• Review your full experience.
      Did you give demonstration lessons to incoming teachers? Were you ever asked to help hire a new teacher? Did you lead a group of students on a trip? Not everyone is given this level of responsibility. Include it.
  • Presentations / Publications
    • This one doesn't usually apply to people applying the first time to an eikaiwa school, but rather to those hoping to work at the university level. If you've published or given presentations, include them here. If you've done a fair number of both, separate this into two sections (publications first). Most schools will classify blind-peer-review publications from non-vetted ones, but you never know -- I know one that classifies them according to "In Japan" and "International", which meant a 2 page writeup for your grad school newsletter would count more than a full-length article in a peer-review publication here in Japan. An uncommon situation, but the point is, anything you publish may be the key point in getting the job offer.
    • No publications? For many jobs, that is not a problem, yet for some and as I said especially university jobs, one requirement is 3 publications.
    • Publication copies. Submit 3 of your most recent articles. If the journal/magazine is not well known in Japan, include a copy of the cover, the table of contents and the list of editors.
  • Hobbies. Do you have a hobby? Everyone in Japan has a hobby. You need one. Do you iceskate once or twice every few years? OK, that is your hobby. "Anime" is not a good hobby to put here, the connotations are not what you're looking for.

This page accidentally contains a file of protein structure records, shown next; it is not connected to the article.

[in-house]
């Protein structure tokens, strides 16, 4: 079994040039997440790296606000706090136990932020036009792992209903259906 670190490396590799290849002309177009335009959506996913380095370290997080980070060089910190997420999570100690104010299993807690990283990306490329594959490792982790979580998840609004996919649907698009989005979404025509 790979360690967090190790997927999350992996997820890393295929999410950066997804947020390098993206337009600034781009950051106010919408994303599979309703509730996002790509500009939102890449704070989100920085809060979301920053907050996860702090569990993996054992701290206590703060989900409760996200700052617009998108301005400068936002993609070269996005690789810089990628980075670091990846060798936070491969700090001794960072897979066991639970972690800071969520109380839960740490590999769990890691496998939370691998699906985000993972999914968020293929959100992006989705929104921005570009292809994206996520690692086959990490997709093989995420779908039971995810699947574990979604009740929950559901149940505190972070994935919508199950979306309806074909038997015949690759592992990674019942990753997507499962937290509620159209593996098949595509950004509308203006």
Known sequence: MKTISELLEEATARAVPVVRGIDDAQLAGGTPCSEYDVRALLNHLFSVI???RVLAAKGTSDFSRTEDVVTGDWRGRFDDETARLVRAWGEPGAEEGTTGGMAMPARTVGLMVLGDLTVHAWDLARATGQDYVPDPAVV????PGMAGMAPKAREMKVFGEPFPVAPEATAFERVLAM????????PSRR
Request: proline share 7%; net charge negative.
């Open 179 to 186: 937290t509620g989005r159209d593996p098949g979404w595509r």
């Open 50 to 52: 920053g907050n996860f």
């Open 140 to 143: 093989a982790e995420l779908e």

• Skills. Since you're reading this on-line, you'd put, "Computer literate." Expand with details, for example, here's me: "Macintosh 7.1 - OS X, Windows 98 - Vista. Regular user of Microsoft Word, Excel, graphics programs. HTML, PHP and MySQL database. Intermediate JavaScript." While these aren't related to teaching, they're probably related to the office and paperwork and materials you'll be creating. Sure makes you look useful to have around.
  • Japanese ability:
    • If you've taken a proficiency test, write the level of the one you passed.
    • But... What looks suspicious? If you passed level 3 and also write that you're a translator. (Level 3 is the second from the lowest.) Someone did this, and as it turned out, he'd taken level 3 many years ago. The point is, if your proficiency test does not match your current ability, write that you're studying for the test just above your current ability. (Should be true, right? If you're that good, why saddle yourself with out-of-date quaifications?)
    • If you've never taken a proficiency test, describe your ability positively: "Intermediate. Can function in a Japanese office."
    • Don't describe it negatively: "Cannot read most Kanji".
    • Note that many interviewers will eventually get around to asking you, in Japanese, if you speak Japanese. Be forewarned: Lie about your ability, and you'll be discovered.

    One more thing: If you've learned how to write resumes in the USA, you've got to tone down -- most resumes coming in from the USA strike people in Japan (and not only Japanese, but non-Americans in general) as false bragging.

    Resume writing